12. 12. NUMA Memory speeds dependent on CPU Need to organize the tasks Make sure RT tasks always have their memory in one place
  13. 13. Hyper-Threading Intel processor One execution unit One system bus One cache Two sets of registers Two sets of CPU pipelines Execution engine switches between them on stall Recommended to disable for RT
  14. 14. Hyper-Threading Registers Registers Pipeline Pipeline CPU Cache CPU Core
  15. 15. Translation Lookaside Buffer (TLB) Page Tables Pages TLB
  16. 16. Transactional Memory Allows for parallel actions in the same critical section Backs out when the same memory is touched Restart the transaction or take another path
  17. 17. System Management Interrupt (SMI) Puts processor into System Management Mode (SMM) HW functionality done in software Check CPU temperature Change frequency Perform ECC memory scans Causes the system to stop what it was doing
  18. 18. CPU Frequency Scaling Battery saving Run at full blast! CPU Idle Run a polling loop Don't go into a deep sleep Comes out groggy
  19. 19. The Kernel HARDWARE Kernel Library Application BIOS
  20. 20. RT Kernel Threaded interrupts System management threads High res timers CPU Isolation No HZ No HZ Full
  21. 21. Normal Interrupts Task interrupt device handler
  22. 22. Threaded Interrupts Task interrupt device handler sleep Mask interrupt wake up device thread
  23. 23. Threaded Interrupts User tasks can run higher priority than interrupts Set required interrupts higher than your task i.e. Don't poll waiting for network if task is higher priority than networking interrupts Know your system!
  24. 24. Soft Interrupts With PREEMPT_RT, softirqs run from the context of who raises them Network irq will run network softirqs Except for softirqs raised by real Hard interrupts RCU Timers Run in ksoftirqd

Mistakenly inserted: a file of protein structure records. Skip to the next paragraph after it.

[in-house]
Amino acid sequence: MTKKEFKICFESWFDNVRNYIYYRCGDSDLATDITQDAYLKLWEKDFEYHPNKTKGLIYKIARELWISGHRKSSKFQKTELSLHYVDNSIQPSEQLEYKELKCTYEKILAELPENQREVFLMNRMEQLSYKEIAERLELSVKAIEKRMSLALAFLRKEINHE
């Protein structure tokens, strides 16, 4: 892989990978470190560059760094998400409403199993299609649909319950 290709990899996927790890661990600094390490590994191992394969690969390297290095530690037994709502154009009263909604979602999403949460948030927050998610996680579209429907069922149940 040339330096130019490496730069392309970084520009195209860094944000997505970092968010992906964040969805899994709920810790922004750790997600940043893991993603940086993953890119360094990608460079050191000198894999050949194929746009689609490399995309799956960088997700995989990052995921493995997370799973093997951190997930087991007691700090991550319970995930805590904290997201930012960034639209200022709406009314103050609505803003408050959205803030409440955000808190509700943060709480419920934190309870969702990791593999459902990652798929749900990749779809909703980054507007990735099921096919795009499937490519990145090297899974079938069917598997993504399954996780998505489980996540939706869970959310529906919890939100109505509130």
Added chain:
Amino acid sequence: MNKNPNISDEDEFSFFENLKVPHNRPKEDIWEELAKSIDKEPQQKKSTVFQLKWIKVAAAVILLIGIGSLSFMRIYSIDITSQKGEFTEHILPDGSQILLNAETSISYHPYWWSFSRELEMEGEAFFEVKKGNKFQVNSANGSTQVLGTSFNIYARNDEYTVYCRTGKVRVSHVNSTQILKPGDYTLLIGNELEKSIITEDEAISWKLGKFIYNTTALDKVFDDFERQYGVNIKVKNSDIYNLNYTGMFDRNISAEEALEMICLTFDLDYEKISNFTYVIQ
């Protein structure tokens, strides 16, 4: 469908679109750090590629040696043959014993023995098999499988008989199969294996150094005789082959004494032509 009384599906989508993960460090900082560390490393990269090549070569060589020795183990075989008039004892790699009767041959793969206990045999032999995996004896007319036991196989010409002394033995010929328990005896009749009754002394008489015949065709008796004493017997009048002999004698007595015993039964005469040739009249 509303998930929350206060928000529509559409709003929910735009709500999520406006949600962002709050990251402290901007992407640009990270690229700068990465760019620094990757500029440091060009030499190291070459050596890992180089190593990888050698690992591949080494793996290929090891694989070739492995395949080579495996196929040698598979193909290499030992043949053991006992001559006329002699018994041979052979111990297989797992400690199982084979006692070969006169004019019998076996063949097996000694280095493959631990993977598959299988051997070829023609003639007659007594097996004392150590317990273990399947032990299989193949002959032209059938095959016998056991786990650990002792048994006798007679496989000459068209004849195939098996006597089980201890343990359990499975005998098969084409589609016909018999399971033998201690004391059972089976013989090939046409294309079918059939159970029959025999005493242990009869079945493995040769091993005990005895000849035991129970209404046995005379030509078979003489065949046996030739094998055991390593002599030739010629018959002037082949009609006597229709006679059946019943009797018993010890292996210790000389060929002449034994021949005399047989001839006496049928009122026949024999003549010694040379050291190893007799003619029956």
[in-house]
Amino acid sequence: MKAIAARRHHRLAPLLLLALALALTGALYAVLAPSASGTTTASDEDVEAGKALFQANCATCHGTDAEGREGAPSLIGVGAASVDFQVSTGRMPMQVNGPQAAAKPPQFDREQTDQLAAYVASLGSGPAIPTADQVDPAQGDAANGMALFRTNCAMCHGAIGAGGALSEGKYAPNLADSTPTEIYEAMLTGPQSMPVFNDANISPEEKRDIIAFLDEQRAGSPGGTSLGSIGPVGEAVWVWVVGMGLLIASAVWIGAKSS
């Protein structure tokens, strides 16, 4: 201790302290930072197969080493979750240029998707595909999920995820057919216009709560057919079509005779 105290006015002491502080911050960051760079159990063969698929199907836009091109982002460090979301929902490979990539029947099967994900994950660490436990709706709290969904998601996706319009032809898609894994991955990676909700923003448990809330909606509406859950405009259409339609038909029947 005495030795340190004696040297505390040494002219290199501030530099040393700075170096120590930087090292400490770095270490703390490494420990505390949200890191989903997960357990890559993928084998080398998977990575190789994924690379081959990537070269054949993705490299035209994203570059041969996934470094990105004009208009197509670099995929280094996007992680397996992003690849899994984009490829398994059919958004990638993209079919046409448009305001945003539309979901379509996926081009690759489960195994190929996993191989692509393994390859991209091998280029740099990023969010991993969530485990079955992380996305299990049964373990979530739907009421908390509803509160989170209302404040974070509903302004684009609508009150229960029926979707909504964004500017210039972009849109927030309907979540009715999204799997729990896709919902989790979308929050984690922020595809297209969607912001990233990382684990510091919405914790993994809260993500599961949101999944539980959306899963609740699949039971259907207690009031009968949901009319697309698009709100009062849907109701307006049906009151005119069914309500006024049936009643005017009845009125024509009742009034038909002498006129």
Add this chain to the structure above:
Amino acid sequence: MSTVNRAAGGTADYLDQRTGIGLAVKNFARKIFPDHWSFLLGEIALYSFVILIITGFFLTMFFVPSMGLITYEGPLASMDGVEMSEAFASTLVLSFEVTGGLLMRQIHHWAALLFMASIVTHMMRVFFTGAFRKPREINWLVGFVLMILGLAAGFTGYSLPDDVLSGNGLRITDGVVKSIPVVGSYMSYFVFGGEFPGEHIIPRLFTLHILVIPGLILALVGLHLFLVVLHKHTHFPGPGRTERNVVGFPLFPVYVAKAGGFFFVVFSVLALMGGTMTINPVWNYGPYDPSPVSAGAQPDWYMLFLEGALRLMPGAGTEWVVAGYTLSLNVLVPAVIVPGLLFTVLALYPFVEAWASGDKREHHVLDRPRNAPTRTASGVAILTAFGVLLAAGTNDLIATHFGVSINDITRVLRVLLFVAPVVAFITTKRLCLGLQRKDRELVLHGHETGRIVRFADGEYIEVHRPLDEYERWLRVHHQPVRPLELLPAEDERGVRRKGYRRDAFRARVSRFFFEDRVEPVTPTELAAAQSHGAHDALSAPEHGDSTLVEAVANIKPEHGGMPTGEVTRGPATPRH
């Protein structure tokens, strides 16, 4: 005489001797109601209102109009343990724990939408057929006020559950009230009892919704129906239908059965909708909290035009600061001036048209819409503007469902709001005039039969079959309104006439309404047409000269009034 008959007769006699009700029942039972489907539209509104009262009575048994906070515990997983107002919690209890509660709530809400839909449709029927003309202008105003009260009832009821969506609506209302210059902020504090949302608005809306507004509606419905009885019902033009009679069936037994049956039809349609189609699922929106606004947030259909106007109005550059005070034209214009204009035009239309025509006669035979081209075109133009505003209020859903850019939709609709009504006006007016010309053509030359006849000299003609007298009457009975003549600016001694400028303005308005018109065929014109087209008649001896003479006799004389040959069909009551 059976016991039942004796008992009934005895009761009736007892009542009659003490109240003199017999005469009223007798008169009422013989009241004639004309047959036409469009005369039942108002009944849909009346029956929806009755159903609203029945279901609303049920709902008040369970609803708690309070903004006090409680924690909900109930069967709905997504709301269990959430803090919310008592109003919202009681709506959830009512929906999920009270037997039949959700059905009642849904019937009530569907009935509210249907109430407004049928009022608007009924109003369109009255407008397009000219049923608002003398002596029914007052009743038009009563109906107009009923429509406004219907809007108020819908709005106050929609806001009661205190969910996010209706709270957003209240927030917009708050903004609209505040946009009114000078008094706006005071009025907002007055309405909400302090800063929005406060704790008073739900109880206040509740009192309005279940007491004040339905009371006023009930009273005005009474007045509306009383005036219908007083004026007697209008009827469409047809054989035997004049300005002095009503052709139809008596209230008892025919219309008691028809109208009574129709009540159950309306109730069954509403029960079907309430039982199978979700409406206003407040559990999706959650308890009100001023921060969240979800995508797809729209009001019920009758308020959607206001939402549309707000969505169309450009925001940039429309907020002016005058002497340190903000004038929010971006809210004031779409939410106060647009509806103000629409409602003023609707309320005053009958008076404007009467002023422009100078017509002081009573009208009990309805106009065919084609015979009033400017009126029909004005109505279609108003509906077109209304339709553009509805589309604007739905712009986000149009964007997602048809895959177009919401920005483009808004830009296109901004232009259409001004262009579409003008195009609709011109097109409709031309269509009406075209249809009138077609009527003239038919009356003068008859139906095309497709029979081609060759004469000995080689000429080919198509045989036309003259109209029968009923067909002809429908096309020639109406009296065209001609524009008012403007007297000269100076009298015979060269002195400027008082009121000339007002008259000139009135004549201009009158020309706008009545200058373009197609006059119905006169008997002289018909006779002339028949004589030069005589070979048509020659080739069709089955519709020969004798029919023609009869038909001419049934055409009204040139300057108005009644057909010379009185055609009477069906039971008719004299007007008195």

25. 25. System Management Threads RCU Watchdog Migrate kworker ksoftirqd posixcputimer
  26. 26. Timers setitimer() Requires ksoftirqd to run (on PREEMPT_RT) timer_create() / timer_settime() Timer interrupt wakes up posixcputimer thread Uses high resolution timer kernel infrastructure Sends via signals
  27. 27. CPU Isolation Kernel parameter: isolcpus=1-3 no longer the preferred method cpusets cd /sys/fs/cgroup/cpuset/ echo 1 > cpuset.cpu_exclusive mkdir myset echo 1-3 > myset/cpuset.cpus echo 1 > myset/cpuset.cpu_exclusive echo $$ > myset/tasks
  28. 28. NO_HZ CONFIG_NO_HZ When CPU is idle, turn off timers Lets CPUs go into a deep sleep Great for power savings Sucks for latency (deeper sleep, longer wakeup)
  29. 29. NO HZ FULL CONFIG_NO_HZ_FULL Keep kernel processing from bothering tasks Kernel parameter: nohz_full=3 rcu_nocbs=3 Works when only one task is scheduled Adds overhead to kernel entry and exit
  30. 30. The Application / Library HARDWARE Kernel Library Application BIOS
  31. 31. RT Tasks memory locking Priority inheritance locks Task and interrupt thread dependencies Migration is different
  32. 32. memory locking mlockall() Lock in memory to prevent page faults MCL_CURRENT Lock in all current pages MCL_FUTURE Lock in pages for heap and stack and shared memory Careful about how much you lock in!
  33. 33. Priority Inheritance Locking Prevents Unbounded Latency For threaded applications pthread_mutexattr_setprotocol (&attr, PTHREAD_PRIO_INHERIT)
  34. 34. Unbounded Latency preempted preempted A B C blocked
  35. 35. Priority Inheritance preempted releases lock A B C wakes up blocked sleeps
  36. 36. Task and interrupt thread dependencies Understand how threads interact Know your interrupt threads cpuposixtimer Workqueues Beware of pitfalls
  37. 37. Real-time vs Multi processors Migration clears Caches (memory and TLB) The RT kernel gives you a “best effort” Your mileage may vary Tries to run the highest prio tasks on all CPUs it can Can cause unexpected results for Round Robin
  38. 38. Round Robin CPU 1 CPU 2 RR Prio 5 50 % RR Prio 5 50 % RR Prio 5 100 %
  39. 39. SCHED_DEADLINE Earliest Deadline First Guaranteed amount of CPU time per task Relatively new in Linux
  40. 40. Questions?